Let's face it. Changing anything you do every day can change your whole life. Or put another way, if you want to change your life, change one thing you do every day.
If you are mindful about changing the way you eat, there's an uncomfortable ripple effect to be dealt with ~ not unlike giving up booze. For those who are carb sensitive, the experience is darn near identical because the carb addict craves sugar ~ be it Dewar's scotch or donuts!
While physically you may be feeling better, other familiar patterns may begin to fall away, too ~ and that can leave you feeling emotionally unsteady. That's when it's most tempting to scurry back to what's familiar, however bad for you that might be.
I'm finding that to be the case since I cut out meat and dairy two weeks ago. It's been so much a part of my grocery shopping, meal prep, and eating habits for so many years, I see it's not an emotionally simple adjustment to make. Perhaps this is the detox phase, not unlike what a cigarette smoker experiences who's decided to quit, or the alcoholic who's decided he's taken his last drink.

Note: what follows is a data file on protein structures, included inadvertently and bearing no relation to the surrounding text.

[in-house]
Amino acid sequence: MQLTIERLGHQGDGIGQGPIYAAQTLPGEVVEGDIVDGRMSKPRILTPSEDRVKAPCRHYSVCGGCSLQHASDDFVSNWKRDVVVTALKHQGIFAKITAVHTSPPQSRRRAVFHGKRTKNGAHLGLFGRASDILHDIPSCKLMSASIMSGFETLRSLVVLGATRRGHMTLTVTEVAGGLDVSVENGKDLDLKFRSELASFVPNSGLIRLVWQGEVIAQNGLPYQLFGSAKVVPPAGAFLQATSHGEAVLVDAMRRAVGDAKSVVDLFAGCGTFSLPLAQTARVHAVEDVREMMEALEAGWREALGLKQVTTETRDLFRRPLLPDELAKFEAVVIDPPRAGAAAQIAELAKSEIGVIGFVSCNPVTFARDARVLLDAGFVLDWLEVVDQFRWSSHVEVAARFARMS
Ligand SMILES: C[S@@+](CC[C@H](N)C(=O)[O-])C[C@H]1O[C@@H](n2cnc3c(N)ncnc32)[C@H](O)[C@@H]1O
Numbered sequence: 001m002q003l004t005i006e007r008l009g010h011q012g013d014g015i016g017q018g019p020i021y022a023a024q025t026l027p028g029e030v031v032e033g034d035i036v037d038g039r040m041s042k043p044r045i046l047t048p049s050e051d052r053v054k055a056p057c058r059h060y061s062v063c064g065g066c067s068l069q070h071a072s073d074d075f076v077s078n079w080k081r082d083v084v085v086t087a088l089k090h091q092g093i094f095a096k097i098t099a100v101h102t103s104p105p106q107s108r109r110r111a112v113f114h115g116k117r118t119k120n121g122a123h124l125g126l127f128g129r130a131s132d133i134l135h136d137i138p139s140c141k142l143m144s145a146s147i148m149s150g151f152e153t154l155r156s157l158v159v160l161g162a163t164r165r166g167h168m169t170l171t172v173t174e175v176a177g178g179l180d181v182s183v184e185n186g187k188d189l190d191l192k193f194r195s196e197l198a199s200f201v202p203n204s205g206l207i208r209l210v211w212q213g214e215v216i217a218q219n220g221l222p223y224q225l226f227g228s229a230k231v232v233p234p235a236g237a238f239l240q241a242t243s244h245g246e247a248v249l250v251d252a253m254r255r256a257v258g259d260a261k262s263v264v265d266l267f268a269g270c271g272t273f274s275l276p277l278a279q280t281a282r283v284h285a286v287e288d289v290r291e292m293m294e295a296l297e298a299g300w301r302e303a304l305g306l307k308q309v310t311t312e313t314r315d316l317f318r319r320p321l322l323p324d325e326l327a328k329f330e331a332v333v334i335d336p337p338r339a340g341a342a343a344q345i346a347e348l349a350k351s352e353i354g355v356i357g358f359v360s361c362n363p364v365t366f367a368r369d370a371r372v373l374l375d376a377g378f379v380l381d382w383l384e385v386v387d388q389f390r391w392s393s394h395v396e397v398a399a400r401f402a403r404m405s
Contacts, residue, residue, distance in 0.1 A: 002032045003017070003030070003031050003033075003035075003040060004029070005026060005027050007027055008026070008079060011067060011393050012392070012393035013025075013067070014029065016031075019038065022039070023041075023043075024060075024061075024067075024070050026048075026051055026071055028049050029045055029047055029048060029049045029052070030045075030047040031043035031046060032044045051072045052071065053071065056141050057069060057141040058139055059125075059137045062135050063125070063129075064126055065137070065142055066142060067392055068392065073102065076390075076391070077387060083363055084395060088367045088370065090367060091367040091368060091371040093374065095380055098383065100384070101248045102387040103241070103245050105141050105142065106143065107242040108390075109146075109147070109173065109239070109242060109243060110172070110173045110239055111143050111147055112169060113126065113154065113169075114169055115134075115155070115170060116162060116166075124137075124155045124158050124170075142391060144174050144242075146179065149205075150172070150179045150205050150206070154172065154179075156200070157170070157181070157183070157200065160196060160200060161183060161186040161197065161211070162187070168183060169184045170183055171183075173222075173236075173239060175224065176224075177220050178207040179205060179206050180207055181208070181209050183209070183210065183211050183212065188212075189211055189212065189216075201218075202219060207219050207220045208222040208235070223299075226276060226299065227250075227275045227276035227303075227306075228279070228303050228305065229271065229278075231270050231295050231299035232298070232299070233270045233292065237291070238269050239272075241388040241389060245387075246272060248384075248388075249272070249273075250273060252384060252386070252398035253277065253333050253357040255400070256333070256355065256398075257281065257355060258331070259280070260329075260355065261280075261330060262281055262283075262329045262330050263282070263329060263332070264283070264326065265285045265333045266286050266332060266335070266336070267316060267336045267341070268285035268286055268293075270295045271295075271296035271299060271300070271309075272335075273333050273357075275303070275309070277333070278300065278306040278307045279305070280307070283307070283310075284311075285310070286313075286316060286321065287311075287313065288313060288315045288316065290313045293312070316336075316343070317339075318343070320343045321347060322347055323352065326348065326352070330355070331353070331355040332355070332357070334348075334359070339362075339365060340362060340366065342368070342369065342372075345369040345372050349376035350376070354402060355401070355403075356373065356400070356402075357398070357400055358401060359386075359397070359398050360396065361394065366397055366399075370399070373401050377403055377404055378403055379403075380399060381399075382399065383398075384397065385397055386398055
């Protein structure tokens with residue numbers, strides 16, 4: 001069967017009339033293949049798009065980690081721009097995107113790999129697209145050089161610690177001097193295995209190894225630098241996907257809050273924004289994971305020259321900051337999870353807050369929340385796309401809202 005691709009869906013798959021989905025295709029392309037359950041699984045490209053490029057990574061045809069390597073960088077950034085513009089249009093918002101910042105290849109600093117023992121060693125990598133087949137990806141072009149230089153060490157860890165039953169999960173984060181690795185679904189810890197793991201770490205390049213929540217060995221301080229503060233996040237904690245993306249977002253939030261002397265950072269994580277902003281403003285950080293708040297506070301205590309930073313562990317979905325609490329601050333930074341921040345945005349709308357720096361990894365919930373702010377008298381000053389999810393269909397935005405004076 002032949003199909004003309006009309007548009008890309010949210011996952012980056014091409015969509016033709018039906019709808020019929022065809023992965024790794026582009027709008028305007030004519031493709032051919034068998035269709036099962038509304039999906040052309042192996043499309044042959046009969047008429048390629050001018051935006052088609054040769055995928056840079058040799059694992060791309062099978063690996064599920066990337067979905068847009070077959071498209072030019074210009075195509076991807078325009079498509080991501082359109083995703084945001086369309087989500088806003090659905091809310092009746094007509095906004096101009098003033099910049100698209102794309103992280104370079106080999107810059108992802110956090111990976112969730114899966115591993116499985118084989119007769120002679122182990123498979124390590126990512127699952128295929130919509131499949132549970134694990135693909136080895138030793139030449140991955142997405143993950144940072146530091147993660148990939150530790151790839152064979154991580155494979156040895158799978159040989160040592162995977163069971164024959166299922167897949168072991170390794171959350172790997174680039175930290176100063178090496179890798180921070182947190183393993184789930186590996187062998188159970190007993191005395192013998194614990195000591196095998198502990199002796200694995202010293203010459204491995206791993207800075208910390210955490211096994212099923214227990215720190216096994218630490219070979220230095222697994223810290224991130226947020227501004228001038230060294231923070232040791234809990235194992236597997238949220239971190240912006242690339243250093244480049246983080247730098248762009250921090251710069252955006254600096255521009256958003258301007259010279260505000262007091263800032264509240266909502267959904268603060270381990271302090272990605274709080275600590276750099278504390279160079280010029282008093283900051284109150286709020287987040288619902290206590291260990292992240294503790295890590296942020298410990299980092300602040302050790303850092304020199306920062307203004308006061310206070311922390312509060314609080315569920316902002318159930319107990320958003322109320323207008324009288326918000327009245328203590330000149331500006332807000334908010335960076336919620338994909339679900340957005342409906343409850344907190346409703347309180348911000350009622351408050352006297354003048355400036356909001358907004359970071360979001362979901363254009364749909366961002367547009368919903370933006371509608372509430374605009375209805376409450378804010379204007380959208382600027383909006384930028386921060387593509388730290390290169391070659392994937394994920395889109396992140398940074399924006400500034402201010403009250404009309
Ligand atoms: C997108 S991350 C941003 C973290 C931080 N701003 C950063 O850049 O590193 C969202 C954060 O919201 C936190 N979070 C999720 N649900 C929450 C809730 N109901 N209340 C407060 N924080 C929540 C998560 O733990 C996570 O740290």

You start to feel edgy, like you need to DO something or GO somewhere. Meal planning is definitely simpler and less time-consuming, and so I have more time. But it's a bit disorienting, because I think: What shall I do with it?
Of course, doing NOTHING means we sit with ourselves. Initially, that's a very tough place to be because we don't think we like the company.
Within that new time and space, we start to get to know who we really are. For most of us, coming face-to-face with ourselves, we have to learn to accept, to forgive and to love that person.
But before us is a chance to live differently ~ more mindfully ~and it's a golden opportunity if we can leave the ego out of it.
This Lenten season is a perfect time for mindful eating ~ but then so many religions have prescriptions for eating mindfully because our bodies truly are temples for the spirit.
In that respect, how we eat is a spiritual practice in itself!